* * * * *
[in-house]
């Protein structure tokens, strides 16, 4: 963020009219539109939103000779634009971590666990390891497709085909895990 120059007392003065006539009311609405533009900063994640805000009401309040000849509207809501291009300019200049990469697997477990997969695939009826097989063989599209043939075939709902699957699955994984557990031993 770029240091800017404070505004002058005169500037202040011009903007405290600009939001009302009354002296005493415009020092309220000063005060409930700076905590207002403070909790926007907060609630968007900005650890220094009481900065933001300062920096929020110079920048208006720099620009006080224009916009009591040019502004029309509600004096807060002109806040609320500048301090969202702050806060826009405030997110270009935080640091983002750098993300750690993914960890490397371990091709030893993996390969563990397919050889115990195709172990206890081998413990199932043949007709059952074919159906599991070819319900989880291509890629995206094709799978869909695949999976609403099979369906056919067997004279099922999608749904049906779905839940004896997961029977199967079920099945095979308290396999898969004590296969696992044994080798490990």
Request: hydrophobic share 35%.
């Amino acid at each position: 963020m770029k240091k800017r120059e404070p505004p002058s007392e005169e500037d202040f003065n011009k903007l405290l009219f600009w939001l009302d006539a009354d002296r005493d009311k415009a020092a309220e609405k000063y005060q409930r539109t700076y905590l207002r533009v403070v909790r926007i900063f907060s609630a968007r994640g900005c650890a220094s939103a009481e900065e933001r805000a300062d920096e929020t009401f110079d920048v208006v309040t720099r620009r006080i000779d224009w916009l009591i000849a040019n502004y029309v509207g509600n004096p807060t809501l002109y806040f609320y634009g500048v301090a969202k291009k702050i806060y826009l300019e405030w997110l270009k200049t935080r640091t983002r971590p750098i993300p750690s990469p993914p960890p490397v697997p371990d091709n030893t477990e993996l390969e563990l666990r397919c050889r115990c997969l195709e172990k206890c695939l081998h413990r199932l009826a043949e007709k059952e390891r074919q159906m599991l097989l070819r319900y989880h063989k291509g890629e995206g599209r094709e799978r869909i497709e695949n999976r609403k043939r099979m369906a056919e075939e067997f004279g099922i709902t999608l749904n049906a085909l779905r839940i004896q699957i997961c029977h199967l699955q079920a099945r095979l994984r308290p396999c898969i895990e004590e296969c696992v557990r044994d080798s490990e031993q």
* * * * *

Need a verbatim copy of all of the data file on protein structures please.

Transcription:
[in-house]
């Protein structure tokens, strides 16, 4: 963020009219539109939103000779634009971590666990390891497709085909895990 120059007392003065006539009311609405533009900063994640805000009401309040000849509207809501291009300019200049990469697997477990997969695939009826097989063989599209043939075939709902699957699955994984557990031993 770029240091800017404070505004002058005169500037202040011009903007405290600009939001009302009354002296005493415009020092309220000063005060409930700076905590207002403070909790926007907060609630968007900005650890220094009481900065933001300062920096929020110079920048208006720099620009006080224009916009009591040019502004029309509600004096807060002109806040609320500048301090969202702050806060826009405030997110270009935080640091983002750098993300750690993914960890490397371990091709030893993996390969563990397919050889115990195709172990206890081998413990199932043949007709059952074919159906599991070819319900989880291509890629995206094709799978869909695949999976609403099979369906056919067997004279099922999608749904049906779905839940004896997961029977199967079920099945095979308290396999898969004590296969696992044994080798490990």
Request: hydrophobic share 35%.
């Amino acid at each position: 963020m770029k240091k800017r120059e404070p505004p002058s007392e005169e500037d202040f003065n011009k903007l405290l009219f600009w939001l009302d006539a009354d002296r005493d009311k415009a020092a309220e609405k000063y005060q409930r539109t700076y905590l207002r533009v403070v909790r926007i900063f907060s609630a968007r994640g900005c650890a220094s939103a009481e900065e933001r805000a300062d920096e929020t009401f110079d920048v208006v309040t720099r620009r006080i000779d224009w916009l009591i000849a040019n502004y029309v509207g509600n004096p807060t809501l002109y806040f609320y634009g500048v301090a969202k291009k702050i806060y826009l300019e405030w997110l270009k200049t935080r640091t983002r971590p750098i993300p750690s990469p993914p960890p490397v697997p371990d091709n030893t477990e993996l390969e563990l666990r397919c050889r115990c997969l195709e172990k206890c695939l081998h413990r199932l009826a043949e007709k059952e390891r074919q159906m599991l097989l070819r319900y989880h063989k291509g890629e995206g599209r094709e799978r869909i497709e695949n999976r609403k043939r099979m369906a056919e075939e067997f004279g099922i709902t999608l749904n049906a085909l779905r839940i004896q699957i997961c029977h199967l699955q079920a099945r095979l994984r308290p396999c898969i895990e004590e296969c696992v557990r044994d080798s490990e031993q």